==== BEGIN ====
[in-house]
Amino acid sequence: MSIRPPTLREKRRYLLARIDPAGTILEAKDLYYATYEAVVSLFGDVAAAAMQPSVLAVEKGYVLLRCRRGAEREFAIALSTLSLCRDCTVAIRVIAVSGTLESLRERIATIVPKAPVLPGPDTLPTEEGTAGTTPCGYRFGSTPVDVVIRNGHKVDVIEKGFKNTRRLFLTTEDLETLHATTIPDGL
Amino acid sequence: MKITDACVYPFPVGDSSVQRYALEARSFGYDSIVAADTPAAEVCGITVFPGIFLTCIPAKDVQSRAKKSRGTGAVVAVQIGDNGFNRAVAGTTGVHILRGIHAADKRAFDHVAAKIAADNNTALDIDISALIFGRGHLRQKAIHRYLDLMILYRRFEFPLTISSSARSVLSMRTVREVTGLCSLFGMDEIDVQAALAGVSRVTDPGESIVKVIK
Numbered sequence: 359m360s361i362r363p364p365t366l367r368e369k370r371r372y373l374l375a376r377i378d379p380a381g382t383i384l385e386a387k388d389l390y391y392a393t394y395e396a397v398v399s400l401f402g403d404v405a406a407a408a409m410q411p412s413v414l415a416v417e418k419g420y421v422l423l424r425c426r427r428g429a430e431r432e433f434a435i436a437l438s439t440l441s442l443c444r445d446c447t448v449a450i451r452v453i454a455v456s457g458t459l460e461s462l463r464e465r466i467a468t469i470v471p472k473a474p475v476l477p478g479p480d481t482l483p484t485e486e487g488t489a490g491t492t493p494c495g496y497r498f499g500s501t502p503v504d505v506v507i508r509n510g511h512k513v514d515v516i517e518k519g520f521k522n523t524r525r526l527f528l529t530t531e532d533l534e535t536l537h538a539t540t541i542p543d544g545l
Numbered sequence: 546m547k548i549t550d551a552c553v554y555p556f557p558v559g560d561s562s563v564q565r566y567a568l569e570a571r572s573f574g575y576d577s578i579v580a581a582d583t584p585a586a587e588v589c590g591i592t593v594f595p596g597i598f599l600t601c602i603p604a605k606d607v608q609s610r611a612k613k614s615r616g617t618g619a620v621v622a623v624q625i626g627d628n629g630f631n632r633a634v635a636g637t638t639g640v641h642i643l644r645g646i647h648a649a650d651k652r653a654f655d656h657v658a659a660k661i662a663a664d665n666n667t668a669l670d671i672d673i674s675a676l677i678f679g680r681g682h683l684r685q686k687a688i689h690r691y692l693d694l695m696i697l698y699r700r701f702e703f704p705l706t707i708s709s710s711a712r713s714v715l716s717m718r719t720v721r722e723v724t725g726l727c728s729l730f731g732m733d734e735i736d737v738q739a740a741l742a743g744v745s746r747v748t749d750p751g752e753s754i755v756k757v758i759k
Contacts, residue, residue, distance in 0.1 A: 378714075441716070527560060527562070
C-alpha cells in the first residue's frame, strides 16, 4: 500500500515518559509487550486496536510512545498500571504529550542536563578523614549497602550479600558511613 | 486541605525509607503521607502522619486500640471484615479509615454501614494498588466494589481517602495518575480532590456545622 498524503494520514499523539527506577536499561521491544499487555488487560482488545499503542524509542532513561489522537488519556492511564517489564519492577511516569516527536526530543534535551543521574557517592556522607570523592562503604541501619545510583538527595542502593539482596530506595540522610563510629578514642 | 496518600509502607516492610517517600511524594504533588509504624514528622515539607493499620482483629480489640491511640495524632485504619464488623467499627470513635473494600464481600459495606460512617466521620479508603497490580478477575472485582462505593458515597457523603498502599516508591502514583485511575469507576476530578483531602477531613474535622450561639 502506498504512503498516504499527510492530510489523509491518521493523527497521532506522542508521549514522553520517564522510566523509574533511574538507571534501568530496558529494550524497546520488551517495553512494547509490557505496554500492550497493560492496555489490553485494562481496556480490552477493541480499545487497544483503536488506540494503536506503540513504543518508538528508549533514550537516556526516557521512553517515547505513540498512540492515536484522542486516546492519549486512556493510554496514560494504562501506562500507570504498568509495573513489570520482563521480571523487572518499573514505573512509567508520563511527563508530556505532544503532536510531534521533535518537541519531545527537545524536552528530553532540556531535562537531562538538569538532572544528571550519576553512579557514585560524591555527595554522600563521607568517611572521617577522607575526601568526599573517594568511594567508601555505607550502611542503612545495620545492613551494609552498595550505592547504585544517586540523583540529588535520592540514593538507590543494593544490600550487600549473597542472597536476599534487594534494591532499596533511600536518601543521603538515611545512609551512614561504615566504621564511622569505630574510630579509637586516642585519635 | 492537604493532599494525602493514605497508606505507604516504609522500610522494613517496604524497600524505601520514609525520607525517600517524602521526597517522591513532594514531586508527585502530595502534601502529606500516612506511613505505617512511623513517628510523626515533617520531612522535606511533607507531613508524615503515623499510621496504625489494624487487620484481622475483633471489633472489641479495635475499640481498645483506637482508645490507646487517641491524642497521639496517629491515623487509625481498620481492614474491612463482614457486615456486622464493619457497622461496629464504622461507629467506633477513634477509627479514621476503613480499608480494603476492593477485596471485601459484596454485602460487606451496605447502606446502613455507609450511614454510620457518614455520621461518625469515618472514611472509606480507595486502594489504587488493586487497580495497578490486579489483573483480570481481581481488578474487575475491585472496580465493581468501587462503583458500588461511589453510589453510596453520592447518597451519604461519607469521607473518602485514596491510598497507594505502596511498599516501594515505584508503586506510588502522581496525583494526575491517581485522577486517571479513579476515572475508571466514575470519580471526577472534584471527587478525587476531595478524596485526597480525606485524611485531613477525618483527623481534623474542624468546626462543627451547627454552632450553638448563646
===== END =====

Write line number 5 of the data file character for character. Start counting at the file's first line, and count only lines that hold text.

Numbered sequence: 546m547k548i549t550d551a552c553v554y555p556f557p558v559g560d561s562s563v564q565r566y567a568l569e570a571r572s573f574g575y576d577s578i579v580a581a582d583t584p585a586a587e588v589c590g591i592t593v594f595p596g597i598f599l600t601c602i603p604a605k606d607v608q609s610r611a612k613k614s615r616g617t618g619a620v621v622a623v624q625i626g627d628n629g630f631n632r633a634v635a636g637t638t639g640v641h642i643l644r645g646i647h648a649a650d651k652r653a654f655d656h657v658a659a660k661i662a663a664d665n666n667t668a669l670d671i672d673i674s675a676l677i678f679g680r681g682h683l684r685q686k687a688i689h690r691y692l693d694l695m696i697l698y699r700r701f702e703f704p705l706t707i708s709s710s711a712r713s714v715l716s717m718r719t720v721r722e723v724t725g726l727c728s729l730f731g732m733d734e735i736d737v738q739a740a741l742a743g744v745s746r747v748t749d750p751g752e753s754i755v756k757v758i759k